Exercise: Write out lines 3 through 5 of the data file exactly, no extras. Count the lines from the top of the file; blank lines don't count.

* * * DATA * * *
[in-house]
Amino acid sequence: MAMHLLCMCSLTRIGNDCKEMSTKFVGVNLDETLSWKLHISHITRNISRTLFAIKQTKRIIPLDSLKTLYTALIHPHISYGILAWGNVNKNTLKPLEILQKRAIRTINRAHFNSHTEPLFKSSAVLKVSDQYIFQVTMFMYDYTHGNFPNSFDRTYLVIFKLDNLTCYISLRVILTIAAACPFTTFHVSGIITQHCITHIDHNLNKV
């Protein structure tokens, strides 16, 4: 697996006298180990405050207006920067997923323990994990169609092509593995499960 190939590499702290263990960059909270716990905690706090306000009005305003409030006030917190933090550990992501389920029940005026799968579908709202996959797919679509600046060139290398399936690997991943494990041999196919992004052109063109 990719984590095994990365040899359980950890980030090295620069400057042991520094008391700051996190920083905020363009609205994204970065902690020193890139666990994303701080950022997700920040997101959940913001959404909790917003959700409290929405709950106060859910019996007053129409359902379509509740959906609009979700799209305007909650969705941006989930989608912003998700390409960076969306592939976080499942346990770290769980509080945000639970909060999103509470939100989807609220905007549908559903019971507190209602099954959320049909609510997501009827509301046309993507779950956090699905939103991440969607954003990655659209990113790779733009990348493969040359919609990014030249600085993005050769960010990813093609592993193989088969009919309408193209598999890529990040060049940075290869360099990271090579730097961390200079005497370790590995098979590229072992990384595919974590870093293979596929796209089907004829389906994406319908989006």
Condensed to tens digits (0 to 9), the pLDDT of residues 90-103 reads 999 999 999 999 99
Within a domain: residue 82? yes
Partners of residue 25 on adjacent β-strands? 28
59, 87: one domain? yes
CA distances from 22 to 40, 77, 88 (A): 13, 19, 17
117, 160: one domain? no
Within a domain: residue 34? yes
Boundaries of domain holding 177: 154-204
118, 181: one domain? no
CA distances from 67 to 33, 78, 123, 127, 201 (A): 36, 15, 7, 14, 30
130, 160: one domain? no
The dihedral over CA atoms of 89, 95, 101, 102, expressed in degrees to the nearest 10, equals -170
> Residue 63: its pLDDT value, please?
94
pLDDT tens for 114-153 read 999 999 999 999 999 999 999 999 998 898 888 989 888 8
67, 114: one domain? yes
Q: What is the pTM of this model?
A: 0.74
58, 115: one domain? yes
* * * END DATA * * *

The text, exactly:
């Protein structure tokens, strides 16, 4: 697996006298180990405050207006920067997923323990994990169609092509593995499960 190939590499702290263990960059909270716990905690706090306000009005305003409030006030917190933090550990992501389920029940005026799968579908709202996959797919679509600046060139290398399936690997991943494990041999196919992004052109063109 990719984590095994990365040899359980950890980030090295620069400057042991520094008391700051996190920083905020363009609205994204970065902690020193890139666990994303701080950022997700920040997101959940913001959404909790917003959700409290929405709950106060859910019996007053129409359902379509509740959906609009979700799209305007909650969705941006989930989608912003998700390409960076969306592939976080499942346990770290769980509080945000639970909060999103509470939100989807609220905007549908559903019971507190209602099954959320049909609510997501009827509301046309993507779950956090699905939103991440969607954003990655659209990113790779733009990348493969040359919609990014030249600085993005050769960010990813093609592993193989088969009919309408193209598999890529990040060049940075290869360099990271090579730097961390200079005497370790590995098979590229072992990384595919974590870093293979596929796209089907004829389906994406319908989006």
Condensed to tens digits (0 to 9), the pLDDT of residues 90-103 reads 999 999 999 999 99
Within a domain: residue 82? yes